Last week’s post on animal sacrifice generated an unusual amount of comments. Most of them were – as requested – polite, respectful, and on-topic. A few carried some unstated but very significant assumptions, and I’d like to use one of them to explore an important theological question: how do we know what we know about the Gods?
Here’s the comment:
Unless a “God” were to come on down and materialize before me and tell me face to face that they want such and such a sacrifice, I tend to believe that these feelings or callings, despite whatever ‘signs’ I may be observing, are nothing more than my own interpretation of what I think they want from me and not a direct order/request from the divine.
The first key assumption here is the primacy of physical evidence. This is mostly a good thing – our lives are longer, easier, and more secure than the lives of our ancient ancestors in large part because humans have learned to observe physical evidence and draw reasonable conclusions from it. We do ourselves and our religions no favors when we ignore the results of science, or when we claim science “proves” some aspect of our religious beliefs when in fact it does not. So far so good.
But in the absence of physical evidence, the commenter assumes people who hear calls from the Gods are simply hearing what they want to hear. Now, we know this happens. Progressive Christian Anne Lamott said “you can safely assume that you’ve created God in your own image when it turns out that God hates all the same people you do.” We would be quite naïve to assume Pagans aren’t at least occasionally guilty of this same error.
The problem is that this argument strongly implies that the material world is the only world there is, or at least the only world that can affect us. It leaves no room for the world of spirit or for the world of Gods and ancestors. It leaves no room for spiritual, mystical, and religious experiences, experiences that have been meaningful and helpful to people all over the world for at least as long as we’ve been human and that continue to this day.
Those who believe there is only the material world are, of course, free to do so. But to insist everyone must believe this, or even that those who do not are somehow mentally ill (as has been charged in this debate), is at odds with thousands of years of human experience and thought – not to mention incredibly arrogant.
Still, unquestioning belief is not a Pagan virtue, and the question “how do we know?” is not only fair and reasonable, it’s a necessary question as we begin to develop robust Pagan theology.
We know what our ancestors left us. We know the Gods they worshipped. We know a thing or two about how they worshipped Them. We know some of their stories about the Gods. No, we don’t know everything. But we know enough to say certain beliefs and practices were meaningful and helpful to them, and therefore worthy of our consideration.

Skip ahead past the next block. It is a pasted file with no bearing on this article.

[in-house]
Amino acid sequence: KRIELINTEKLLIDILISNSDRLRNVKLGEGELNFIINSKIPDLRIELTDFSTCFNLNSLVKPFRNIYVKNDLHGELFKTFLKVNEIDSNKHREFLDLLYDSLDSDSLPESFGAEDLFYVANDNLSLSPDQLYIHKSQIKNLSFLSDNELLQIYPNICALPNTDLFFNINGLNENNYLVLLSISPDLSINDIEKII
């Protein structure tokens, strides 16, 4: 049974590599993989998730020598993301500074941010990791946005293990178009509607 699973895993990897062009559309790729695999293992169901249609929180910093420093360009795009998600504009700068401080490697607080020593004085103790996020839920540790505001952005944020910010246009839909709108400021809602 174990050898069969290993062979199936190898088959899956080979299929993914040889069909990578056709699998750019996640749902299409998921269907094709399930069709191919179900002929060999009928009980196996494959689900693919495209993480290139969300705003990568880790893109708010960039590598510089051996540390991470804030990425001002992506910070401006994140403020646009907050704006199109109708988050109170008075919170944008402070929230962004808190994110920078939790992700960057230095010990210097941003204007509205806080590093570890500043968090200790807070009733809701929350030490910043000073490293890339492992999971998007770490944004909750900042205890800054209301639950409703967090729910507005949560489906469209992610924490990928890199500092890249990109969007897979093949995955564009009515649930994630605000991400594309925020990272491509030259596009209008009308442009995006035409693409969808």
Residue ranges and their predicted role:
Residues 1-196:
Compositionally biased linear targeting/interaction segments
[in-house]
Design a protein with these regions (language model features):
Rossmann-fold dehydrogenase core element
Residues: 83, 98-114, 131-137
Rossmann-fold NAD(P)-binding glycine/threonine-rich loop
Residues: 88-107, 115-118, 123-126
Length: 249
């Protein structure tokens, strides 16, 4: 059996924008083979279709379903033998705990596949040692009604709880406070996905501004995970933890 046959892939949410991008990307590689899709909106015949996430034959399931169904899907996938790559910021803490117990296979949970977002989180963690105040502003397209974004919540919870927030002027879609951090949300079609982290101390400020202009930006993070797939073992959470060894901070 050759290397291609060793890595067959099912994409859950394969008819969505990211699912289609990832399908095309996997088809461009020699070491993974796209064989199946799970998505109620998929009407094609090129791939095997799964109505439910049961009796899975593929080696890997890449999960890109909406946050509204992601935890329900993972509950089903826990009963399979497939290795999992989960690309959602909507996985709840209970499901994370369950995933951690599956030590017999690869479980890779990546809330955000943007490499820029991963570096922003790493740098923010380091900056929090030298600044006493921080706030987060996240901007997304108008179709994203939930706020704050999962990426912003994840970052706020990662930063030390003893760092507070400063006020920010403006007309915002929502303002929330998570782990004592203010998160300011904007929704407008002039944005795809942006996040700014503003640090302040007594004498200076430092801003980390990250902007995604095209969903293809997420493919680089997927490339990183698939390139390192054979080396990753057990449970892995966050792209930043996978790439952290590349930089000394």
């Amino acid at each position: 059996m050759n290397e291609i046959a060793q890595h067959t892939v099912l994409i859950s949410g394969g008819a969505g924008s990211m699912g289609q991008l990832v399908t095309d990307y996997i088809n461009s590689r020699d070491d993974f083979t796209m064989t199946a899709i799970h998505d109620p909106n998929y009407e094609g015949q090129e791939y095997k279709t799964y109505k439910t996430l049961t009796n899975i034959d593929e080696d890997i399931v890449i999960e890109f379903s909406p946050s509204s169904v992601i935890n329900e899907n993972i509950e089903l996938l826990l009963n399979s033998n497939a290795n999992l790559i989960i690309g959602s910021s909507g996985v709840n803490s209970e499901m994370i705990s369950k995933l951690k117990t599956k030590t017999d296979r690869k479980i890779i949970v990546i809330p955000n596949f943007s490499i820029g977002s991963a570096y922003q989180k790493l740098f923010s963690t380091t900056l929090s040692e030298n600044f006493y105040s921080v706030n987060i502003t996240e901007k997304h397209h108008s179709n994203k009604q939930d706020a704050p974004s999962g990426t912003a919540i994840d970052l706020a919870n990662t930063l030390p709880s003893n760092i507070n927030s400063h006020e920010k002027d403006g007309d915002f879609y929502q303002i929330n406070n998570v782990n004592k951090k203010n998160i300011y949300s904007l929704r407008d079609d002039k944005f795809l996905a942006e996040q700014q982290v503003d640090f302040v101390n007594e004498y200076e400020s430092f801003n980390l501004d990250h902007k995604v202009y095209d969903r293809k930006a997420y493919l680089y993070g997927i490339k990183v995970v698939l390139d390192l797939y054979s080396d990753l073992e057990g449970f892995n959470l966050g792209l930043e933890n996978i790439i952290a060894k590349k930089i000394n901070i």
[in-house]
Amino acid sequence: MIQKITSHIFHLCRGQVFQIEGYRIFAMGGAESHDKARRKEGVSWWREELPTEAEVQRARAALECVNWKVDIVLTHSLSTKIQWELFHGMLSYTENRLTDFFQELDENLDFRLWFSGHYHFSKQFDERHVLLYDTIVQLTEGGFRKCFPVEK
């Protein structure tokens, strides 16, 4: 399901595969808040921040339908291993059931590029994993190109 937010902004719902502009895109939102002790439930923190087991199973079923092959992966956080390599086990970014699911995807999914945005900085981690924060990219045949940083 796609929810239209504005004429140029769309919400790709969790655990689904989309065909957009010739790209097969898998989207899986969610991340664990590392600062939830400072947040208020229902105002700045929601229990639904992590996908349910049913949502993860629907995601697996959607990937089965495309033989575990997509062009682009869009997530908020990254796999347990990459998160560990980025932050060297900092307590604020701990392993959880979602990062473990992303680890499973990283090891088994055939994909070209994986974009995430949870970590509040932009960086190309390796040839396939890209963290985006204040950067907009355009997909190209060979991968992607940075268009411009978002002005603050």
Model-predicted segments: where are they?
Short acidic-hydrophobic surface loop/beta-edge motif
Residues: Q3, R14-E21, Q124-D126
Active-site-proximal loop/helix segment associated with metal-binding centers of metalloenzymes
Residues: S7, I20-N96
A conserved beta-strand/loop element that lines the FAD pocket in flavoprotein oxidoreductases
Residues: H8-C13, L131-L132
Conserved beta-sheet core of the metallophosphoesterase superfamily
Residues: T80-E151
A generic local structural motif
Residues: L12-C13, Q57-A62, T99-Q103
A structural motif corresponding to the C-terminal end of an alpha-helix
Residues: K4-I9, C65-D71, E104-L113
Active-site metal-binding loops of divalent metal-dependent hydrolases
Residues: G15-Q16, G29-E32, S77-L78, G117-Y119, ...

We need not do everything our ancestors did. We are 21st century Westerners, not classical Greeks or pre-Roman Celts – our religion must speak to our circumstances here and now. But neither should we dismiss a practice simply because it’s no longer reflected in our mainstream culture.
That we would like to have absolute certainty does not mean we can have it. That some religions claim to have certainty does not mean they actually do. To assume that because we can’t be certain about the interpretation of religious experiences means we should interpret them in only materialistic, non-theistic ways is binary thinking of the worst sort.
We know what others have experienced. The pressure to conform to mainstream beliefs and practices is strong. If I was the only person having these experiences I would have even more doubts about them than I already do. But I’m not the only one.
Read Pagan and polytheist blogs. Talk to priests, shamans, hedgewitches, and other practitioners. Read their books. I do this and I see lots of other people who are having lots of experiences that while not identical are quite similar to my own.
“Consensus reality” is just that – the consensus opinion of the majority of people in a given culture. It may be right, and on many matters it probably is. It’s worth giving it our honest consideration. It’s not worth giving it our unquestioned acceptance. Some of us are forming a new consensus.
We know the outcome of following this path. Again, religion is an inherently uncertain matter, but that uncertainty does not mean all religions are equally valid. If your religion helps you deal with the difficulties of life, inspires you to live a meaningful and helpful life, and teaches you to respect the rights of others to do the same, then it’s a good religion.
If your religion encourages you to oppress others, to be satisfied with the status quo, or tells you it’s all about you, then it’s a bad religion.
This isn’t complicated, but based on the religious conflicts in the world, it is hard. Ultimately, which Gods you do or don’t worship and how you do or don’t worship Them is not important to me. How your religious beliefs and practices cause you to treat me and everyone else is very important to me.
All of the above. These different ways of knowing serve as checks and balances on each other. None of them are perfect or complete; all of them provide a piece of the puzzle but not the whole picture. Concentrate on only one and you get fundamentalist Christians who ignore mountains of physical evidence because it contradicts their holy book. Or you get Pagans who claim their mystical experience means Morrigan is a nurturing mother Goddess. Or you get intelligent, educated Westerners who insist polytheists couldn’t have possibly heard from a God who isn’t entirely in their heads.
Answering the question “how do we know?” requires looking at all these ways of knowing.